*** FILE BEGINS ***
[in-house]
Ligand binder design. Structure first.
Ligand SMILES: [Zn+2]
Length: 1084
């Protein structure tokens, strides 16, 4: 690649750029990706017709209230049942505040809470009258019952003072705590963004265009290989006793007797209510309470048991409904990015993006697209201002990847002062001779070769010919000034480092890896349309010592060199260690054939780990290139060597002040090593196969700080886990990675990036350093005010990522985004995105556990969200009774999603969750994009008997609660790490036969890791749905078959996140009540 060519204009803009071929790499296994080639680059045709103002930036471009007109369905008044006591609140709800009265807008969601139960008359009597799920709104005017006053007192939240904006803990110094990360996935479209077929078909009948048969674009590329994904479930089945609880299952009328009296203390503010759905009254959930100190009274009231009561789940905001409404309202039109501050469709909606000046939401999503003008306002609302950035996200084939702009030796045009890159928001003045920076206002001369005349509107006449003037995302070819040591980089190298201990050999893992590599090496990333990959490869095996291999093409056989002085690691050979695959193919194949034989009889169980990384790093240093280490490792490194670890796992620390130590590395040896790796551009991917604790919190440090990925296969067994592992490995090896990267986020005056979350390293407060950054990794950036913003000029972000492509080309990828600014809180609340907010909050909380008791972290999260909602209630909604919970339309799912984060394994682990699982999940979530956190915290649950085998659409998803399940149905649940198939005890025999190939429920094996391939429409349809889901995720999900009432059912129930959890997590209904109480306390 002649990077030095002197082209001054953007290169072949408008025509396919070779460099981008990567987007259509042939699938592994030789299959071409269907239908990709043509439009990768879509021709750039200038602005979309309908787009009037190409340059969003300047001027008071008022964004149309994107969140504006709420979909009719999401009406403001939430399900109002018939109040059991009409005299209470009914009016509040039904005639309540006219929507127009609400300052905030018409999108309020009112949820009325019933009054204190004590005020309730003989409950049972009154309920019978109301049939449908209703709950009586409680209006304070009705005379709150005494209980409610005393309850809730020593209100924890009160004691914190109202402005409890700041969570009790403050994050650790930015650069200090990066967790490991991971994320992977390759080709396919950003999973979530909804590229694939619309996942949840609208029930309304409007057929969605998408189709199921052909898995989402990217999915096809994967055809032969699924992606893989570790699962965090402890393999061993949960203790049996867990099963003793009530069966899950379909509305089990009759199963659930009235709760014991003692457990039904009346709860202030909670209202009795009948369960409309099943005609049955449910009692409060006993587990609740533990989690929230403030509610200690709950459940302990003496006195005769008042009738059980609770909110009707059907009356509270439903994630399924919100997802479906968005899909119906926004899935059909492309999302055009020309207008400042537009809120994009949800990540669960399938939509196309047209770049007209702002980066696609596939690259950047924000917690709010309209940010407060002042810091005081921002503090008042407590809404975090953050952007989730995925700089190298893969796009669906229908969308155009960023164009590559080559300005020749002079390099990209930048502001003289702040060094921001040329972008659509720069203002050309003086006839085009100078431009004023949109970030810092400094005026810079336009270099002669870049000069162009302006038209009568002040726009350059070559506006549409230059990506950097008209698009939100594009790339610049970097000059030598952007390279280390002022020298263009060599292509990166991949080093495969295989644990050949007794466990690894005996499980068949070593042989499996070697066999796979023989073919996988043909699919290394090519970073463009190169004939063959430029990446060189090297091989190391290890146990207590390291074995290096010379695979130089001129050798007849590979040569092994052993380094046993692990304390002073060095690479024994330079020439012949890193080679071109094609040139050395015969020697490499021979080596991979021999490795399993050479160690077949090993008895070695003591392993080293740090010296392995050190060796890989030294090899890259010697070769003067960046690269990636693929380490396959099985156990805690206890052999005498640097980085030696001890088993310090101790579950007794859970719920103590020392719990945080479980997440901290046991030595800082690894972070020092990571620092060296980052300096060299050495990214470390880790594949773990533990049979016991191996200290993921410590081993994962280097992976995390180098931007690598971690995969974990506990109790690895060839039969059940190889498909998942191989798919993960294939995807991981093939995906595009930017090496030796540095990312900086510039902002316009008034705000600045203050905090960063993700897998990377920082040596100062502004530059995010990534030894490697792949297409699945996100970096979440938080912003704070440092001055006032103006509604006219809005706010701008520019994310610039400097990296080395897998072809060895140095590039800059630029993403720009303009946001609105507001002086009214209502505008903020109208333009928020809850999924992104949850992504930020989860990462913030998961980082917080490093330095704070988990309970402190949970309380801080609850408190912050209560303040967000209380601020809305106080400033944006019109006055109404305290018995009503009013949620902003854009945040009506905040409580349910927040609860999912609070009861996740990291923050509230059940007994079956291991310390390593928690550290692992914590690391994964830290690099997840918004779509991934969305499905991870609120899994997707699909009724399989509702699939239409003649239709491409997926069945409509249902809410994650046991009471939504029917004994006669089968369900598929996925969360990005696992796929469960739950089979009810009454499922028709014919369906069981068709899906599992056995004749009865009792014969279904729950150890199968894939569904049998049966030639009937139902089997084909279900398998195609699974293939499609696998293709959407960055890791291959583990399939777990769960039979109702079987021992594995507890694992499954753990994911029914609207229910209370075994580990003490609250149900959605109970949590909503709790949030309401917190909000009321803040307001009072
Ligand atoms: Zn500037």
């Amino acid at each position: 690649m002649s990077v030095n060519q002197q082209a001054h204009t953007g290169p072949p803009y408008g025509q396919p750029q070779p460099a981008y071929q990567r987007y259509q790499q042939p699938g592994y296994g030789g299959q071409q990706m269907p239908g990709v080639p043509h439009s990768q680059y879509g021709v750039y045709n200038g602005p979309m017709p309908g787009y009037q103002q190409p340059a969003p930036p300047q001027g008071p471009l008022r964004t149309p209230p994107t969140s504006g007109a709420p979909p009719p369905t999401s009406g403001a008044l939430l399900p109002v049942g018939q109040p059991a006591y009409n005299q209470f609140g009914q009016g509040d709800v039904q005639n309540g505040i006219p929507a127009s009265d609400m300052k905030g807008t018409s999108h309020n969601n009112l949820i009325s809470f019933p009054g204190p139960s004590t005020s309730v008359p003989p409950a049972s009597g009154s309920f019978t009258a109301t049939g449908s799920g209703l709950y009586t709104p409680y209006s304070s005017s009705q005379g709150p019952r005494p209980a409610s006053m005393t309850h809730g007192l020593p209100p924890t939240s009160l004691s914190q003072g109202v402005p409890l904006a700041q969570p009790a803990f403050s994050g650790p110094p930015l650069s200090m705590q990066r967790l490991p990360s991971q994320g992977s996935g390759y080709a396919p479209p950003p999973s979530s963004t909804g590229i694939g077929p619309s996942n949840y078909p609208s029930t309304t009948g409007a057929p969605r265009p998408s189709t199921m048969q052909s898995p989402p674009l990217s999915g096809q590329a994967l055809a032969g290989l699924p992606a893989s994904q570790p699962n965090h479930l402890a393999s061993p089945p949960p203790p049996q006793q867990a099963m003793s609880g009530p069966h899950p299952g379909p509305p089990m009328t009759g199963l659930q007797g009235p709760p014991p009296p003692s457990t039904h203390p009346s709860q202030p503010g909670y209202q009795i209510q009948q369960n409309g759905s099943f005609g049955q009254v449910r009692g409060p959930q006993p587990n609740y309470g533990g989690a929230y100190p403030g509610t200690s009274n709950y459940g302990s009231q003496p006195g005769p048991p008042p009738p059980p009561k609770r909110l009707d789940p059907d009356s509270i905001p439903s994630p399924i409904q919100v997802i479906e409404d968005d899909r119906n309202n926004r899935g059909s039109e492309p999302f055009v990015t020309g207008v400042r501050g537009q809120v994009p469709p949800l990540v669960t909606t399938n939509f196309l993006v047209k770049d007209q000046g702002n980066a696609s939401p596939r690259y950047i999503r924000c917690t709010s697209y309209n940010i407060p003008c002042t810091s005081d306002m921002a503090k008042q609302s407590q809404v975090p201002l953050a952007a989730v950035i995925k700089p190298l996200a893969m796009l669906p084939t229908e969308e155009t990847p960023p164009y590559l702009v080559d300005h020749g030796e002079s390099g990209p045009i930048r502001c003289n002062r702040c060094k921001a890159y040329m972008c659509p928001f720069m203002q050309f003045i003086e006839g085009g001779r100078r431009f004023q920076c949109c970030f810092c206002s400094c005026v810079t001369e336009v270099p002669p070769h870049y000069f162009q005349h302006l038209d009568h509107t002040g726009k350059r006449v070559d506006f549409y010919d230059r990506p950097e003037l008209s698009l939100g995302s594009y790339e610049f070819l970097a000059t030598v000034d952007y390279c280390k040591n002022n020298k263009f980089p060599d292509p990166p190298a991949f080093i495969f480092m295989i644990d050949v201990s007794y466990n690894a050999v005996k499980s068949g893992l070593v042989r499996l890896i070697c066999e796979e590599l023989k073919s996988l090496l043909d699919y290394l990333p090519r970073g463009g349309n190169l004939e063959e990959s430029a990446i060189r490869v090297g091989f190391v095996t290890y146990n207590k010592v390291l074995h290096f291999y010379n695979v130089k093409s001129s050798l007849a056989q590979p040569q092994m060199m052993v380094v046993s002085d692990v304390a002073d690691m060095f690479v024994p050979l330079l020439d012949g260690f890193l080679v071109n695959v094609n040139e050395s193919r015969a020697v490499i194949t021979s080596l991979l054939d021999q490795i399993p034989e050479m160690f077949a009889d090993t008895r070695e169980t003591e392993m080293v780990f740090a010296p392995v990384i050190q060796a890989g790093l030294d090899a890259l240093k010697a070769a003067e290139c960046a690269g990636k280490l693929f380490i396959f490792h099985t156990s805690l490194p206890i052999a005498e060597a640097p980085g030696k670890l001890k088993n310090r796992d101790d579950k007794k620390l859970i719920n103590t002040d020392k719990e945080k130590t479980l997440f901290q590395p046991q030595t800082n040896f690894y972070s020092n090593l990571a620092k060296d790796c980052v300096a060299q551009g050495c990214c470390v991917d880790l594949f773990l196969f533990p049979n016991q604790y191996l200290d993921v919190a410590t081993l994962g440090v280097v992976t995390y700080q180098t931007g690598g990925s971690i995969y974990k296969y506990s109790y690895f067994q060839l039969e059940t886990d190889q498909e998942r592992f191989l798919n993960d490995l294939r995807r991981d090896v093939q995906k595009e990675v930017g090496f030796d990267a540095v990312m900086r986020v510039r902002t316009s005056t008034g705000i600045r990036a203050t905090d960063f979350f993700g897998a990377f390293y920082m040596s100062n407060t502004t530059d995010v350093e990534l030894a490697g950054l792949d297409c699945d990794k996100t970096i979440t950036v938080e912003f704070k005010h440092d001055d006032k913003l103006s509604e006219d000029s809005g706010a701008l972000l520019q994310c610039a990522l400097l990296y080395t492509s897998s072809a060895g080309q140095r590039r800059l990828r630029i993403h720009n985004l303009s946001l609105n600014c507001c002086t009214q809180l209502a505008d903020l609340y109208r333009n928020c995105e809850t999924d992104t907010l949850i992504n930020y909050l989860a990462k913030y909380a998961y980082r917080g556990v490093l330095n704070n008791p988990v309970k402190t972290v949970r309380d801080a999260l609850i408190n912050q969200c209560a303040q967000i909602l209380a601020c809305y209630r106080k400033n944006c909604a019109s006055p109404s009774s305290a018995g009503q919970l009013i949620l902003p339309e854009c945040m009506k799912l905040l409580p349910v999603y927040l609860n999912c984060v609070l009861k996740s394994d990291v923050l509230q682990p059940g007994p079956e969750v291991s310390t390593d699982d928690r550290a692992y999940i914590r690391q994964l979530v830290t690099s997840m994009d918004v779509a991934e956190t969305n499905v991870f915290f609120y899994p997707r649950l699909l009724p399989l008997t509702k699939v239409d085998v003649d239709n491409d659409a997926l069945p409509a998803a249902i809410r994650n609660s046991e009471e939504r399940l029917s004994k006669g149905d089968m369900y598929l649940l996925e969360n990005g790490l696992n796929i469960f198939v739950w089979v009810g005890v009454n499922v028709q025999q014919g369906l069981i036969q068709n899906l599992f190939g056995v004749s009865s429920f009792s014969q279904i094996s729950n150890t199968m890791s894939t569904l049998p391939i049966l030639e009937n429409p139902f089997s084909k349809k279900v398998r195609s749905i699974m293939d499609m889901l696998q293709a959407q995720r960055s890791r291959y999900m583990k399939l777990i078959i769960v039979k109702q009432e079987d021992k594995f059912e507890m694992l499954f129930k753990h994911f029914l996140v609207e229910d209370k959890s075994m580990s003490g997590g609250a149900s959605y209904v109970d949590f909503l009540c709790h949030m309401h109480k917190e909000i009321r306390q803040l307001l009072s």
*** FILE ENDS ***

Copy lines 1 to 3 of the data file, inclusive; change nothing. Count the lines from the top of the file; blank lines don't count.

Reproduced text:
[in-house]
Ligand binder design. Structure first.
Ligand SMILES: [Zn+2]